The miracle boy
By Kirk Noonan
Noah Addesa had never been called “the miracle boy” prior to
April 27, 2007. Until that day, he was best defined as a sometimes-shy
11-year-old with a generous streak. He loved fishing, video games and going to church.
But in an instant, a lightning strike changed all that, and Noah Addesa was
dead in the mud next to the tulip tree in his family’s backyard.
In the moments after Noah’s death, his mother, Lisa, and
sister Emma raced into the rainstorm that was pounding Virginia Beach, Va.
While performing cardiopulmonary resuscitation on Noah, Lisa pleaded with God
for her son’s life.
“Not now, God!” she cried. “Don’t take him now. Please!”
It was at that moment, the family says, that a series of
The bolt that had killed Noah had knocked out the
electricity and phone service on the block, except for the neighbor’s house. It
was there that Noah’s eldest sister, Hannah, called 911.
The second miracle had already happened. A paramedic crew
who had the equipment and training to deal with a situation such as Noah’s had
pulled into a parking lot a few blocks from the Addesas’ home minutes before
Noah was struck.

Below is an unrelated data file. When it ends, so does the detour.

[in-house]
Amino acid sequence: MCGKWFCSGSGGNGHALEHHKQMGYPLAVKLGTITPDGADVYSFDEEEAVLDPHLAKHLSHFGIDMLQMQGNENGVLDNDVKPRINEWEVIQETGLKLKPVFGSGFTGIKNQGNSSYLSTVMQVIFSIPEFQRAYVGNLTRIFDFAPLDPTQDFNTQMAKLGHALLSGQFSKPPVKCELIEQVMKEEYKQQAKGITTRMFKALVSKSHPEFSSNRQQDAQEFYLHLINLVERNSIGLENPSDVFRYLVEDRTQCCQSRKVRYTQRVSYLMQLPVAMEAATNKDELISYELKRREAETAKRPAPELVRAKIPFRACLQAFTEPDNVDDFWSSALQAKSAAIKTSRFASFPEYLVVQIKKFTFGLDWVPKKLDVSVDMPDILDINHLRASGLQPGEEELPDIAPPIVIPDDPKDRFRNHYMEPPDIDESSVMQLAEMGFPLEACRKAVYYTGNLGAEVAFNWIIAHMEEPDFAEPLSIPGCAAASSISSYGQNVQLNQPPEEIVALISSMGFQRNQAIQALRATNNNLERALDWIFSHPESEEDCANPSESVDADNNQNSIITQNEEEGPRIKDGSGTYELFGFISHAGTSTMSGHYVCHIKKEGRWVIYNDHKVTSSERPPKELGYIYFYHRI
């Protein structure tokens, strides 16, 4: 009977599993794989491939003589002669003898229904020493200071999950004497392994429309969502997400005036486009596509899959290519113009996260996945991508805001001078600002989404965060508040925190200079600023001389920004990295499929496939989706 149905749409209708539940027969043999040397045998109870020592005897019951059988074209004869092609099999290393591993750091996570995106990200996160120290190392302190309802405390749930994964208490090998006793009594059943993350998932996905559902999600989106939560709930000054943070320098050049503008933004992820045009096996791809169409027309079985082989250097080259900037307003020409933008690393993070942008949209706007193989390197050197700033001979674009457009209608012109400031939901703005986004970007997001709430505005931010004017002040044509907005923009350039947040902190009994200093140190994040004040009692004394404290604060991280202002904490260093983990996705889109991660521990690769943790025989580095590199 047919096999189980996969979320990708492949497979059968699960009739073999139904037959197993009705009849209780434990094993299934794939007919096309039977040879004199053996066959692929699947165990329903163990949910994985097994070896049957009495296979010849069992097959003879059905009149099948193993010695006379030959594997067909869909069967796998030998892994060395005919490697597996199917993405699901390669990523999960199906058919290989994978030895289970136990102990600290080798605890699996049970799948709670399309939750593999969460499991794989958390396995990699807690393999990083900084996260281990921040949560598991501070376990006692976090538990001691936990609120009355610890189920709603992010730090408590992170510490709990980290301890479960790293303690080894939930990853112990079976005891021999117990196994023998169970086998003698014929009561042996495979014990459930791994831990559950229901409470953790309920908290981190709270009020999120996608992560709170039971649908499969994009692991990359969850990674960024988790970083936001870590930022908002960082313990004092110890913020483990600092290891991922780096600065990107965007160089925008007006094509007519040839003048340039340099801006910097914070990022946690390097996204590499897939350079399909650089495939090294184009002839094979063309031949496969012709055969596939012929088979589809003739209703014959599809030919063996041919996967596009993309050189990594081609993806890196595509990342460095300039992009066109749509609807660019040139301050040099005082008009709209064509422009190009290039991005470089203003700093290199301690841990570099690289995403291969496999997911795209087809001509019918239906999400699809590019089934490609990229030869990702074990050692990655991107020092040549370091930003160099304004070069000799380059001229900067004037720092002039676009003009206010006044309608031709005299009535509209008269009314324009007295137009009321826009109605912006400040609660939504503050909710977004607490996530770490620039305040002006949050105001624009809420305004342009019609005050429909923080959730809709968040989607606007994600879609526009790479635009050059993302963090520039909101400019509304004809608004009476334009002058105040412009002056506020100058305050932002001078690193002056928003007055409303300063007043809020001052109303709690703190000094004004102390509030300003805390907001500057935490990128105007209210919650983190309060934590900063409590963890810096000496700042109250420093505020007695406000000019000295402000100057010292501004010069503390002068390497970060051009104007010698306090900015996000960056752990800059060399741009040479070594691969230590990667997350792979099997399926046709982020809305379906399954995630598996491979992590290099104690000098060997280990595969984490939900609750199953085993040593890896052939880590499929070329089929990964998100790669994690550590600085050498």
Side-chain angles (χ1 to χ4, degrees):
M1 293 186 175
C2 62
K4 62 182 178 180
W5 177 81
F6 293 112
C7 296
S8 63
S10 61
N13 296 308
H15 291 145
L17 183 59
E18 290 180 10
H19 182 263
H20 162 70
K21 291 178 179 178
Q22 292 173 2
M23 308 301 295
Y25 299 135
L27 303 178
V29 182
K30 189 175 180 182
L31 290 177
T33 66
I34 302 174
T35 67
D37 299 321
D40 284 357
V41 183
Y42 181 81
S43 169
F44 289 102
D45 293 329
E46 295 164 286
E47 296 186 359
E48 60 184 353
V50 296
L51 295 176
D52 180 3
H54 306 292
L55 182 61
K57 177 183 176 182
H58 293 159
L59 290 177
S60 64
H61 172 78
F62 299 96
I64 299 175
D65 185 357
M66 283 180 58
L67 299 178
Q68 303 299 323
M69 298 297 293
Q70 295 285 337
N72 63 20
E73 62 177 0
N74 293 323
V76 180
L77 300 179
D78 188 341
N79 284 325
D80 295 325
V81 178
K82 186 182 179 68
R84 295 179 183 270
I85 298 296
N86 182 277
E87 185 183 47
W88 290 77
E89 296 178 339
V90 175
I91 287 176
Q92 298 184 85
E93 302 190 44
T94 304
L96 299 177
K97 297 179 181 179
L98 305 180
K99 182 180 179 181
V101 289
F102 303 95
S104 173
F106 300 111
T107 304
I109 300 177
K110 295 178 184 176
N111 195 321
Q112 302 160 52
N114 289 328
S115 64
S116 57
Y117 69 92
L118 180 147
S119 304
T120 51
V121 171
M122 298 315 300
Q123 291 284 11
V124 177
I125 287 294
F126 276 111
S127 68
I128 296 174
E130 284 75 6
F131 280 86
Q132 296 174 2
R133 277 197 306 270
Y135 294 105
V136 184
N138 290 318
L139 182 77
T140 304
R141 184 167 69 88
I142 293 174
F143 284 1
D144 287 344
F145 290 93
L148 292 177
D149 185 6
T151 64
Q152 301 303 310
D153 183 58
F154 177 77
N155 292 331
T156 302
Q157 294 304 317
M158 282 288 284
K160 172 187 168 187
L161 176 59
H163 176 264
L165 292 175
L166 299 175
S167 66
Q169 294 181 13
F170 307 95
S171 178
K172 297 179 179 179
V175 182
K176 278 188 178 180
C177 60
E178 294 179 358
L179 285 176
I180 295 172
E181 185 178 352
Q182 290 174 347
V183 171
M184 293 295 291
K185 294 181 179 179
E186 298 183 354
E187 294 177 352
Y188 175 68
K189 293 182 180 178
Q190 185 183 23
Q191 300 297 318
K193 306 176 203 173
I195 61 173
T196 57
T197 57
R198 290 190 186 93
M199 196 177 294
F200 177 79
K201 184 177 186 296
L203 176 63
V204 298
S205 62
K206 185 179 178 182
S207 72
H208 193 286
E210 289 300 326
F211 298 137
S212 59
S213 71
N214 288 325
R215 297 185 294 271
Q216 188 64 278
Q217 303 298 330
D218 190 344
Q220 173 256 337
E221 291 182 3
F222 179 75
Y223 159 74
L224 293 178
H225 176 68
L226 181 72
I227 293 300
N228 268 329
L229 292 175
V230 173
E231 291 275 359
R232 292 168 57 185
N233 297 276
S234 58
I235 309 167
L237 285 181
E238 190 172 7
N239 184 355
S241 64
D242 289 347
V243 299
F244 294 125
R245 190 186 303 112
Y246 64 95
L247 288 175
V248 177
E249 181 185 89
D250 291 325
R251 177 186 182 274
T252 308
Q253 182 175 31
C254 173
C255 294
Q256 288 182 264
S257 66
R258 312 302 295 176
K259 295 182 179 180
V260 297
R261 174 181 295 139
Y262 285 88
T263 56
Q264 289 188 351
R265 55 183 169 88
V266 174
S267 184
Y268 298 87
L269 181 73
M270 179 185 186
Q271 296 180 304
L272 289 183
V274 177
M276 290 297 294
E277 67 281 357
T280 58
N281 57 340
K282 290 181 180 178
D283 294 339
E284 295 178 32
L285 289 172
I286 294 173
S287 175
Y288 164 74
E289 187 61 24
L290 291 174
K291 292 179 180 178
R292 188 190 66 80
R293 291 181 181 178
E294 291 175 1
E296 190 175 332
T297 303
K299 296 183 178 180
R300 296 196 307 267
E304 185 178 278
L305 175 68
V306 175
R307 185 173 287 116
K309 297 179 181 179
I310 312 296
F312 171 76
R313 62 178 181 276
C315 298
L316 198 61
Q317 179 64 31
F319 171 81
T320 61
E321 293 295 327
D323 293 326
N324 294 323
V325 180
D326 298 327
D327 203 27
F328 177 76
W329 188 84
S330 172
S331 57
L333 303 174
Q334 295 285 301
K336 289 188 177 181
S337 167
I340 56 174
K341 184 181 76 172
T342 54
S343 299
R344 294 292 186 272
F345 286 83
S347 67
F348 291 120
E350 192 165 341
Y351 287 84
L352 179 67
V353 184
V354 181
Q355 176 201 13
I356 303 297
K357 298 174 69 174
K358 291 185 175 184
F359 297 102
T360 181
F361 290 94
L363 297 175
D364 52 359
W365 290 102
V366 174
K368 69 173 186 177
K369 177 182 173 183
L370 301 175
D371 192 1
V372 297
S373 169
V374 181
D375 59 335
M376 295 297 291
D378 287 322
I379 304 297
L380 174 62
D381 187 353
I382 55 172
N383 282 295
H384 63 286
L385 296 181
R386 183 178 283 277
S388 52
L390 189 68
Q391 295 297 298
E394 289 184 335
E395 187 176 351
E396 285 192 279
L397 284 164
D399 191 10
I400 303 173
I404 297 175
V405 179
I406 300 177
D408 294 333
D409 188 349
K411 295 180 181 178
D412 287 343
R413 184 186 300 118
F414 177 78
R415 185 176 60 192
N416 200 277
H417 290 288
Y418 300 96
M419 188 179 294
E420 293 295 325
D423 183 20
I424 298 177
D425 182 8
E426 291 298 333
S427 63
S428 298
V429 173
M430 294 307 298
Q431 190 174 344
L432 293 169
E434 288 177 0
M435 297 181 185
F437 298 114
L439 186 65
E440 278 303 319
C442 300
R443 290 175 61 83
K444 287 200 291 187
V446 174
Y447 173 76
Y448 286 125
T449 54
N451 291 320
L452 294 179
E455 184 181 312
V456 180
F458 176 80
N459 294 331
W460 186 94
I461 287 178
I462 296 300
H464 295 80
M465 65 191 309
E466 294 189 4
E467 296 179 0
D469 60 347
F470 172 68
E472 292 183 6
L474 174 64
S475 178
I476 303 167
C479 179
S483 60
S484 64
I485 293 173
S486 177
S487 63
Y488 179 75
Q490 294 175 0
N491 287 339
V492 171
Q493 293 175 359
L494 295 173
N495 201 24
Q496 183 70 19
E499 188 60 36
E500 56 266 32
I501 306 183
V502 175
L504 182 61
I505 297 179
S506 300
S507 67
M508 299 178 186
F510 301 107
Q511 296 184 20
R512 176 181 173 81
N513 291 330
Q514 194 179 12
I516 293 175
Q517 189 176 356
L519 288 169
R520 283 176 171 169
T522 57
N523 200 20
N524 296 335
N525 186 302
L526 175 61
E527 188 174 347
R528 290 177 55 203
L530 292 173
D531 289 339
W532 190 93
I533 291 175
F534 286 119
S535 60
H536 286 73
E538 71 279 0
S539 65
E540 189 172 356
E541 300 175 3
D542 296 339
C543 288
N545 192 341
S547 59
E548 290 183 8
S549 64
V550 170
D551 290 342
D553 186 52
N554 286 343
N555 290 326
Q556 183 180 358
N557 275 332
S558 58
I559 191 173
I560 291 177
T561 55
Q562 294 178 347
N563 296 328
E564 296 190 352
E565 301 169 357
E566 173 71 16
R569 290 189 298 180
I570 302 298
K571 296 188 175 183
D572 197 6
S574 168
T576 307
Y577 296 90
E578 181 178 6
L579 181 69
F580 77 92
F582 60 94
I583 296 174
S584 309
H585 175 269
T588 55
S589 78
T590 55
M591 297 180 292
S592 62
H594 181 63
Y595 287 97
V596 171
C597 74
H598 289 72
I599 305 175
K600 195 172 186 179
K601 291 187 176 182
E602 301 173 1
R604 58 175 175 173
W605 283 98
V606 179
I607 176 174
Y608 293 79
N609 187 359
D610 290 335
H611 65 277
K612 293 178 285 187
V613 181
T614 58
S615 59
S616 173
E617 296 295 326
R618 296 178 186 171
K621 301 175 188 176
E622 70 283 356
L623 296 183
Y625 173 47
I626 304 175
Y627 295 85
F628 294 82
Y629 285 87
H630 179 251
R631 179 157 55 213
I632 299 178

“We’re not positive how the accident happened or even why
Noah was in the backyard during the storm,” says David, Noah’s father who
serves as pastor of Harvest Assembly in Chesapeake. “But since the day he was
struck down, we’ve seen miracle after miracle and have never stopped being
amazed at what God has done.”
The paramedics were able to revive Noah. As the ambulance
transported him to the hospital a television news helicopter followed it. One
reporter called Noah “the miracle boy,” and the name stuck.
At the hospital the family learned Noah was comatose.
Doctors told them he would be in a vegetative state for the rest of his life
because of the oxygen deprivation his brain suffered while he was dead. Despite
the poor prognosis, the family says the miracles kept happening and their faith
for a full recovery continued to grow.
Early on, doctors noted the lightning had burst Noah’s
eardrum and severely injured one eye. The Addesas feared Noah would be
partially deaf and blind. But when specialists checked the injured ear and eye
a couple of days after Noah’s admittance to the hospital, they were completely
“Noah has defied the odds since Day One,” David says.
“Rather than focus on the things God hasn’t done, we decided to focus on all
the things He has done, is doing and will do.”
In the days after the accident the family asked others to do
the same. To keep family and friends informed of Noah’s condition, David